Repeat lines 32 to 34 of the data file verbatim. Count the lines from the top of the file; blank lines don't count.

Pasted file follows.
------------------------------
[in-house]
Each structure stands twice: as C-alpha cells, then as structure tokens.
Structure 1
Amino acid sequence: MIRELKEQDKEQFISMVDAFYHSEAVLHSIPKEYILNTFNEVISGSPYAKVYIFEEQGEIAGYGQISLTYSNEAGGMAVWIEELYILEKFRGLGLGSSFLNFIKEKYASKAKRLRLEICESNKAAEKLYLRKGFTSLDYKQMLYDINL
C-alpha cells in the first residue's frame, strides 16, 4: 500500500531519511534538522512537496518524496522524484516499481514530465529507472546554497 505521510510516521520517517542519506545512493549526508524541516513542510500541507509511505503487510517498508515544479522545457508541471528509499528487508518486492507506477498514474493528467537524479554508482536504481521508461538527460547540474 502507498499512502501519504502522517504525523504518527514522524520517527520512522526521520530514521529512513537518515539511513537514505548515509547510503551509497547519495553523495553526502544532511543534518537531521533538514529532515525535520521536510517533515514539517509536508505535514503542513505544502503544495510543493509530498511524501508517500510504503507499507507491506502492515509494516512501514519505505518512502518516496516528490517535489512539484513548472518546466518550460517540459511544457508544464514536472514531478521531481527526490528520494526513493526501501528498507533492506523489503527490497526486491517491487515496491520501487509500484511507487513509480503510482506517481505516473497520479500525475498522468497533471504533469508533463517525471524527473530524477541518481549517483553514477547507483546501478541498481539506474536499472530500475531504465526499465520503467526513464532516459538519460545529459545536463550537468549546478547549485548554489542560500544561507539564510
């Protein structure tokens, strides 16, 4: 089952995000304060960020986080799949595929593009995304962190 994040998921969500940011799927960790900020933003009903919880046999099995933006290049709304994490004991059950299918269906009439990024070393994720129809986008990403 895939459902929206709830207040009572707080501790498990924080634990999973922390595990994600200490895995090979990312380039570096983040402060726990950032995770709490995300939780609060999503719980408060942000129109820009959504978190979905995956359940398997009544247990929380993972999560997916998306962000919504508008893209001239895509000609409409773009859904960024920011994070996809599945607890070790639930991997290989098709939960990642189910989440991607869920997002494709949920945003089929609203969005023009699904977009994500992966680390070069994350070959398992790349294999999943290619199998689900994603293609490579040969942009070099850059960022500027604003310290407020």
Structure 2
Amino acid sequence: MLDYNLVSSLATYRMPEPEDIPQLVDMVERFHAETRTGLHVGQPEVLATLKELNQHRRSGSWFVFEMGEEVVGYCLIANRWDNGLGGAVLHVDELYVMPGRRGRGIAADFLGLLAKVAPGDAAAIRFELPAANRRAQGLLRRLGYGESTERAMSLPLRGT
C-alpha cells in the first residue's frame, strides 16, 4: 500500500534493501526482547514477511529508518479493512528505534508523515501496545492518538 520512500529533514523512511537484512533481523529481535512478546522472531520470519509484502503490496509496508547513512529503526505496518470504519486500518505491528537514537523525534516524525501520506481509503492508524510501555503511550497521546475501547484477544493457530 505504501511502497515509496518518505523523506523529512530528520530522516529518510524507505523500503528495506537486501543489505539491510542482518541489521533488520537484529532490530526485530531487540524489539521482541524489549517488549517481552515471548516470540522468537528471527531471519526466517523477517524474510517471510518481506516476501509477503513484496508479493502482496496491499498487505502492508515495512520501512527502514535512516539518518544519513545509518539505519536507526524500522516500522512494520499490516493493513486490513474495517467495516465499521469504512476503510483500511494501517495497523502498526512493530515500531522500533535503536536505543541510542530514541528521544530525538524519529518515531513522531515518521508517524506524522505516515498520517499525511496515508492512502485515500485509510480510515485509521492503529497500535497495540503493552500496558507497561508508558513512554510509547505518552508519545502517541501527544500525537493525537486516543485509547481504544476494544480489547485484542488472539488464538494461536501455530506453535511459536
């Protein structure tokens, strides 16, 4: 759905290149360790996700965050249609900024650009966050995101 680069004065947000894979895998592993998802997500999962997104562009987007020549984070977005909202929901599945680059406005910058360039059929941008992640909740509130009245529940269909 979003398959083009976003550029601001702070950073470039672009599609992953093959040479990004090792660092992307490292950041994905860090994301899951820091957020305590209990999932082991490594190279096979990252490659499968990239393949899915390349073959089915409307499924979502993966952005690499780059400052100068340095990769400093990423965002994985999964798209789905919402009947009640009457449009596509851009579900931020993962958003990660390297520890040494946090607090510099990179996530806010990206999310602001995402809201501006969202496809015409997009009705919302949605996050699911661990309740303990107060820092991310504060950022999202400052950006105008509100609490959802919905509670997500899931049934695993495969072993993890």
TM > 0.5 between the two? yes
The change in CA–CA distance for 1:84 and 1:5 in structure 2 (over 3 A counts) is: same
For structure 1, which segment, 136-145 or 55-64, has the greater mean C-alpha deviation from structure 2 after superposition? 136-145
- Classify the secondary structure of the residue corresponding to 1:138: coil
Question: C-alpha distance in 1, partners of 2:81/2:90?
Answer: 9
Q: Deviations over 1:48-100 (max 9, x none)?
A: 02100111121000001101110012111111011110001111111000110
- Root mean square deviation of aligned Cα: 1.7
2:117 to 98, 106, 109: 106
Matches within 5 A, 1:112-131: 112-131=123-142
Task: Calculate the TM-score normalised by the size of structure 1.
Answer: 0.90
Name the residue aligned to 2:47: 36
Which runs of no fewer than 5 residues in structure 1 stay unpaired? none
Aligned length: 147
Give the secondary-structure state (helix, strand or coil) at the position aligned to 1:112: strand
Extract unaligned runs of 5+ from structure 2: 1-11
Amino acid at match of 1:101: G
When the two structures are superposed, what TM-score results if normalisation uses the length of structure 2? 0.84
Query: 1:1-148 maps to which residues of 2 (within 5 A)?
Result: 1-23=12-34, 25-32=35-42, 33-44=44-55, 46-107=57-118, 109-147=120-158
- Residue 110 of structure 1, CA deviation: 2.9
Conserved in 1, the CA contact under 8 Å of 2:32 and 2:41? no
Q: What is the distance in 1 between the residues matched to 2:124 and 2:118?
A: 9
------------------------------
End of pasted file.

Result: 1-23=12-34, 25-32=35-42, 33-44=44-55, 46-107=57-118, 109-147=120-158
- Residue 110 of structure 1, CA deviation: 2.9
Conserved in 1, the CA contact under 8 Å of 2:32 and 2:41? no